The figures – from NHS Wales Chief Executive David Sissling's Annual Report which will be published this week – show emergency admissions for heart disease, respiratory conditions and diabetes fell by almost 12 per cent overall in 2011/12 compared to the previous year.
Emergency re-admissions for these conditions also fell by almost 23 per cent overall.
The new figures are published as health boards across Wales prepare to consult on plans to improve their services, and according to the NHS Wales Chief Executive, they help reinforce the need for new models of healthcare.
David Sissling said:
"The NHS has made significant strides in reducing hospital admissions for chronic conditions.
"These reductions illustrate two important developments – the improved treatment of once-fatal diseases through better care – often in community settings - and because of that, less reliance on hospitals for the treatment of these conditions.
"It shows the NHS is making progress in shifting the balance of care from hospital to community settings, and that the current hospital configuration – which exists from a time when these diseases were less treatable – can be changed to reflect these improved outcomes.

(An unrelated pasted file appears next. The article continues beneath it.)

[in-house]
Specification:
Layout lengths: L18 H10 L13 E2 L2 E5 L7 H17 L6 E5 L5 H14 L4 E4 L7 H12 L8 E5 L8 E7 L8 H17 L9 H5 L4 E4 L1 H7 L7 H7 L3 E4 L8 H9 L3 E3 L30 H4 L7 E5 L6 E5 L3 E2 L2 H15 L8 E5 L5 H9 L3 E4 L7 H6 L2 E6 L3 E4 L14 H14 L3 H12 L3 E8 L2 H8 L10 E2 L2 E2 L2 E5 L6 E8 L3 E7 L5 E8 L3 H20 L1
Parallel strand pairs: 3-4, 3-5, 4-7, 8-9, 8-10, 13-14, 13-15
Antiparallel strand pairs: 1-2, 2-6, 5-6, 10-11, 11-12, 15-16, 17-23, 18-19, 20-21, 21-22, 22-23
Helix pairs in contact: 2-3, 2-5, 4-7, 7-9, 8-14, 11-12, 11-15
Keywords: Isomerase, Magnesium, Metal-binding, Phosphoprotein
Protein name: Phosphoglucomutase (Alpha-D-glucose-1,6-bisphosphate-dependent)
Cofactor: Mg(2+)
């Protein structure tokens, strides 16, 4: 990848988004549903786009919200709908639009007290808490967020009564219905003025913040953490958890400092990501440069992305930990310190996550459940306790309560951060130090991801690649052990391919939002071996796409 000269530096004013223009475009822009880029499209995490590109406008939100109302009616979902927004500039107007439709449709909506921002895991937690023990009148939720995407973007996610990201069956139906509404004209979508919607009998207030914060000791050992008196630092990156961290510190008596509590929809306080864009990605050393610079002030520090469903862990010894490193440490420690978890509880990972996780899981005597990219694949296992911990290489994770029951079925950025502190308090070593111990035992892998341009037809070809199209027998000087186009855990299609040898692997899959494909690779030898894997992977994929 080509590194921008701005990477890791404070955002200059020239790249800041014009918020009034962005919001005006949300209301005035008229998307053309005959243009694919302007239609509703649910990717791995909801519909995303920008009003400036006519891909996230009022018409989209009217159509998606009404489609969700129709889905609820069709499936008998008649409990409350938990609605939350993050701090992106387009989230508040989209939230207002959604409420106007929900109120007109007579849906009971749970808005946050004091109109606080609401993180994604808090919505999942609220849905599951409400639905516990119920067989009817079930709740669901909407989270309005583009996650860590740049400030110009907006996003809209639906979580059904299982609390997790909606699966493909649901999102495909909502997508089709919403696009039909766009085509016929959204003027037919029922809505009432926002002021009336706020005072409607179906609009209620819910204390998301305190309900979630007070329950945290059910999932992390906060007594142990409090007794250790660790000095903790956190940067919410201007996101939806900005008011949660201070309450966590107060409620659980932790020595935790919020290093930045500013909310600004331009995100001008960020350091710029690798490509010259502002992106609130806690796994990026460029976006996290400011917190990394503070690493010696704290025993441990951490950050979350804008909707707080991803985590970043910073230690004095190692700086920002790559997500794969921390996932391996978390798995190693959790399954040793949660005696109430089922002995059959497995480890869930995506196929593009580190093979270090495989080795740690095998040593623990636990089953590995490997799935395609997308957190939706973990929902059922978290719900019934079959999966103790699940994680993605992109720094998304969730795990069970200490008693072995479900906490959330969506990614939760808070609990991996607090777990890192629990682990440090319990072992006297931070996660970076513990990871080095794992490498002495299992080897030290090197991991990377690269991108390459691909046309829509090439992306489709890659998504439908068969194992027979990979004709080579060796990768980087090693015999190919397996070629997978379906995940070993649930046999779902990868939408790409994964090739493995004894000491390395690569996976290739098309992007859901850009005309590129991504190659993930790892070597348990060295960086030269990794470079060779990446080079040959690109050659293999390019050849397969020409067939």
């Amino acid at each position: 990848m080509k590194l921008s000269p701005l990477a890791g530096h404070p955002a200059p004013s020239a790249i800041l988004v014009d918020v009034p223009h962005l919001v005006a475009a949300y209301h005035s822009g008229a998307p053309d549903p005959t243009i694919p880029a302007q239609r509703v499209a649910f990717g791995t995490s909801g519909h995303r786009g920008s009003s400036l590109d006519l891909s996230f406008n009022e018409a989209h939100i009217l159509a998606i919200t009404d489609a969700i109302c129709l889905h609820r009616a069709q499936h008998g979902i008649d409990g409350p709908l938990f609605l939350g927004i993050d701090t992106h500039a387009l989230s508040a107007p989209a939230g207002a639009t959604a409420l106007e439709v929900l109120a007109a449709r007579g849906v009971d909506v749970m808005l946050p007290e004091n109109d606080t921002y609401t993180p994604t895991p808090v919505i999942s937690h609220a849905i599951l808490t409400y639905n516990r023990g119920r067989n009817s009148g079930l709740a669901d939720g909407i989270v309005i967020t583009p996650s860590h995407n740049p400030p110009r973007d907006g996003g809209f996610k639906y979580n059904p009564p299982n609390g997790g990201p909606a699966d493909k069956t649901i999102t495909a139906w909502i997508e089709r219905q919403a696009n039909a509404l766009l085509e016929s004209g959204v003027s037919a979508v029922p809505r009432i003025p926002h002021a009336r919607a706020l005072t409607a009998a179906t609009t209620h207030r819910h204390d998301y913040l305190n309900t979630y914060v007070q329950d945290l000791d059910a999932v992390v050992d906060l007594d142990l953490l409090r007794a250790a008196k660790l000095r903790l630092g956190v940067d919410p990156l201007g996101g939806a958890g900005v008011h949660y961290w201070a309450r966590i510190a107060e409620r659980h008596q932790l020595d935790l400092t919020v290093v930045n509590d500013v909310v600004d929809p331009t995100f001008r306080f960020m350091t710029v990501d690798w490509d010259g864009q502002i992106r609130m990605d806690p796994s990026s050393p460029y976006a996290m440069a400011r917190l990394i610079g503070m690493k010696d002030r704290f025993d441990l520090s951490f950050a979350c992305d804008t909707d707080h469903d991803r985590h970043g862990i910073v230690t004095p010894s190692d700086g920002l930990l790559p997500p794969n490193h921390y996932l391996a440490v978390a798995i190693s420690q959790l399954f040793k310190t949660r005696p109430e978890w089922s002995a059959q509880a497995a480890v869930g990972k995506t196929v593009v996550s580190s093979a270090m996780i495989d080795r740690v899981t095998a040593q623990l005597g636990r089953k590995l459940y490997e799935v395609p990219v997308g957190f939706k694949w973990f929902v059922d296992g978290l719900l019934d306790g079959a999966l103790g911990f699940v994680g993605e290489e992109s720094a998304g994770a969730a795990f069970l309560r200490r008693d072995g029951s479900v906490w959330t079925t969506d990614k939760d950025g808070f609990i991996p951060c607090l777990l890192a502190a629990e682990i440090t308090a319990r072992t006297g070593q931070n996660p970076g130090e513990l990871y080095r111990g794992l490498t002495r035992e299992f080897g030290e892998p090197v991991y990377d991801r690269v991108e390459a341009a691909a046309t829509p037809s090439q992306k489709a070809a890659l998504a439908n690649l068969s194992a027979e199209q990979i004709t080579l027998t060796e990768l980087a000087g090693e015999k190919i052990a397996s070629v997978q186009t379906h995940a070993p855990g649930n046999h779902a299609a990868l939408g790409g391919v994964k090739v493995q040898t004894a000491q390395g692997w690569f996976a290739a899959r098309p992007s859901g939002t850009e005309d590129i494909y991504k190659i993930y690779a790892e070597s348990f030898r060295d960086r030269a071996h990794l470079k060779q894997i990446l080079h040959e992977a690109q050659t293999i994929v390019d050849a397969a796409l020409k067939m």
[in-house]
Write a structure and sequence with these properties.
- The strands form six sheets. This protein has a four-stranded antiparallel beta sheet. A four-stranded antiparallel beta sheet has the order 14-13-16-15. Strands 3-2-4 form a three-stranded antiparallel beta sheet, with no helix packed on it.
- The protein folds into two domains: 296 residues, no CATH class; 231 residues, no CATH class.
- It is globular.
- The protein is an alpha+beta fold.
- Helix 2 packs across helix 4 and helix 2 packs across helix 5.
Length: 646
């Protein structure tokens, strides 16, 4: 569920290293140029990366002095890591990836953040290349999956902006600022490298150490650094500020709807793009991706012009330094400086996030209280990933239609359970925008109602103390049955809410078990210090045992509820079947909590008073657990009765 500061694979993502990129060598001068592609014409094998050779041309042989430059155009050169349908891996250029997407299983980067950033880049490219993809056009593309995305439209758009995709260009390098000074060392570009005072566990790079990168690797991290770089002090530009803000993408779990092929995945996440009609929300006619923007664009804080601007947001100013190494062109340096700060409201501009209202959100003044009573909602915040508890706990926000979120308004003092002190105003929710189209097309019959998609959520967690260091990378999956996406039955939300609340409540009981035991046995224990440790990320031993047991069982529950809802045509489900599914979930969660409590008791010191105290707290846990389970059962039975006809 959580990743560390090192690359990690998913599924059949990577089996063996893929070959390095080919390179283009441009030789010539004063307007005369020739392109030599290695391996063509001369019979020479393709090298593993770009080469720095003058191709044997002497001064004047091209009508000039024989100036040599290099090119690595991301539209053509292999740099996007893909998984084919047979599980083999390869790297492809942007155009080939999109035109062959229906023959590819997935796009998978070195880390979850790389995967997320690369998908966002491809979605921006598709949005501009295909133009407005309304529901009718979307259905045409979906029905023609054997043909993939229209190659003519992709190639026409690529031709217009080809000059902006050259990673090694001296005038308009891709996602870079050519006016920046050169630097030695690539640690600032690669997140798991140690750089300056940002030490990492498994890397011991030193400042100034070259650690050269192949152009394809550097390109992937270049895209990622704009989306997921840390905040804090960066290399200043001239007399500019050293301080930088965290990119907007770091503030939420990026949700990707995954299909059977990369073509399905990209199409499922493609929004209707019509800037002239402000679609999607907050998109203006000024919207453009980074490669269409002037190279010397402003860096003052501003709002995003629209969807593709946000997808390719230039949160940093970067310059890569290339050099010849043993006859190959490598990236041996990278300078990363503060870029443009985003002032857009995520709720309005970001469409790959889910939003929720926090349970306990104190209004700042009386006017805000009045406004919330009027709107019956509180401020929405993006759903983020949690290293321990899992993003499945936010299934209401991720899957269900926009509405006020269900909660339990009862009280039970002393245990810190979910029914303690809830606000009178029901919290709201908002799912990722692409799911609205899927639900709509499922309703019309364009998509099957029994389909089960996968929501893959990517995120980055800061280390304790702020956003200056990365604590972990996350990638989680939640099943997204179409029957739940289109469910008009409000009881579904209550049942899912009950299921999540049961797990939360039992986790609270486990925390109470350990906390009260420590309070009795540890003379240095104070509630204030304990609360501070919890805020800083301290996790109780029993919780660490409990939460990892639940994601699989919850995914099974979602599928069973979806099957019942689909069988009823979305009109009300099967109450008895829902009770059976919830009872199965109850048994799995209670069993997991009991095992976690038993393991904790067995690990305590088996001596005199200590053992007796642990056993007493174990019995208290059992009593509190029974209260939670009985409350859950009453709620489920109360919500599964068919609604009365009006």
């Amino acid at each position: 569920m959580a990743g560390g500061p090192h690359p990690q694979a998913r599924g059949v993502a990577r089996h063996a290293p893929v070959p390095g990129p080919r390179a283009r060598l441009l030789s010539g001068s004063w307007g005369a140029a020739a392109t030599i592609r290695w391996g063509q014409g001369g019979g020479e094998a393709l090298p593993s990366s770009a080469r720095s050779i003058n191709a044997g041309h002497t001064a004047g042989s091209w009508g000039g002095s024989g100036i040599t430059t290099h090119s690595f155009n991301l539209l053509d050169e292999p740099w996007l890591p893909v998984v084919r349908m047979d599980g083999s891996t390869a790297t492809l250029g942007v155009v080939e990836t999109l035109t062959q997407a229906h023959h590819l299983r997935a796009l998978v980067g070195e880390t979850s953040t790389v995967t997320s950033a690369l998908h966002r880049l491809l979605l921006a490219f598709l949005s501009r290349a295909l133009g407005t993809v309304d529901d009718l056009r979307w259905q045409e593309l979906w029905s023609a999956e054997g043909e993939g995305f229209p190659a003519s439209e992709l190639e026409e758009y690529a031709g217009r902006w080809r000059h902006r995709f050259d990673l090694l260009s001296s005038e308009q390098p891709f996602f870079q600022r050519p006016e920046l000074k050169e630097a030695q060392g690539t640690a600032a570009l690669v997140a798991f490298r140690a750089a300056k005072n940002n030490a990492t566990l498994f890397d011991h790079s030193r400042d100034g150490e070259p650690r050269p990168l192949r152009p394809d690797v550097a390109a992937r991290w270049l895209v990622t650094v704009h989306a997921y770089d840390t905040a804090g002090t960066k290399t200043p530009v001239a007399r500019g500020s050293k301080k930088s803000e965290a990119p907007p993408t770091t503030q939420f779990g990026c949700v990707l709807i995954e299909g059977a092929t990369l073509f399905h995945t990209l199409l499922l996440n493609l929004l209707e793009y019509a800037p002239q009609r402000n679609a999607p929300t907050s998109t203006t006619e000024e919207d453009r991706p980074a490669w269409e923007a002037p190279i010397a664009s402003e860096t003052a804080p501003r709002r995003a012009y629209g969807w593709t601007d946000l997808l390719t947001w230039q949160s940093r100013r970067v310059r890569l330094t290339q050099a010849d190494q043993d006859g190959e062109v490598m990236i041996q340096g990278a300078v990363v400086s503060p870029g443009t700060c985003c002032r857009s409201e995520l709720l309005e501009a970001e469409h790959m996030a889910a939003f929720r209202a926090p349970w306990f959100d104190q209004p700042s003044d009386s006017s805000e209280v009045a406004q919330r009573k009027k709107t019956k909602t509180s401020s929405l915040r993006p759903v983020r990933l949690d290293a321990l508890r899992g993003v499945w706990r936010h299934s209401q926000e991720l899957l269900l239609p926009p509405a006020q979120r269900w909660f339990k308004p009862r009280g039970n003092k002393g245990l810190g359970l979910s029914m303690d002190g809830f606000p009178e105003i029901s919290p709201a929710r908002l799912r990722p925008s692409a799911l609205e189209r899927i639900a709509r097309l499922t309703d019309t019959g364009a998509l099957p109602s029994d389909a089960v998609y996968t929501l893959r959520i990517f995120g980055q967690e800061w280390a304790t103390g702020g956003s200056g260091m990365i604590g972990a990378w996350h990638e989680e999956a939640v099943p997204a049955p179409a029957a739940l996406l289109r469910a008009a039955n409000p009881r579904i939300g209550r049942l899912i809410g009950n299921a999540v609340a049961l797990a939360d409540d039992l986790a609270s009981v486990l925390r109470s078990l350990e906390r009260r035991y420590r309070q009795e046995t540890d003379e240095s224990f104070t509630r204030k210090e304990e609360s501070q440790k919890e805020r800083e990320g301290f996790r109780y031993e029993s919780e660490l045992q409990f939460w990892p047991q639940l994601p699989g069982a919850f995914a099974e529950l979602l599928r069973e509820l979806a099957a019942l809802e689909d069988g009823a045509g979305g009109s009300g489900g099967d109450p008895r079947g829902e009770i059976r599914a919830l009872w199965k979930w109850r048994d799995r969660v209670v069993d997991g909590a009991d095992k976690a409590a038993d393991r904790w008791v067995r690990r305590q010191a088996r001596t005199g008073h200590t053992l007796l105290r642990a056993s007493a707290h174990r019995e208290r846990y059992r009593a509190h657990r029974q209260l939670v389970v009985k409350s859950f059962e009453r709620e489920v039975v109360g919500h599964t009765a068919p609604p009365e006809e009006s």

"Because of reduced admissions, many community hospitals are underutilised which is inefficient for both patients and the NHS.
"To continue to deliver better outcomes we need an even greater focus on community-based services – alongside specialist centres of excellence – which will provide better results for patients.
"In order to meet these challenges, we need to modernise our health services and over the coming months communities across Wales will get a chance to voice their opinions on changes to health services in their areas.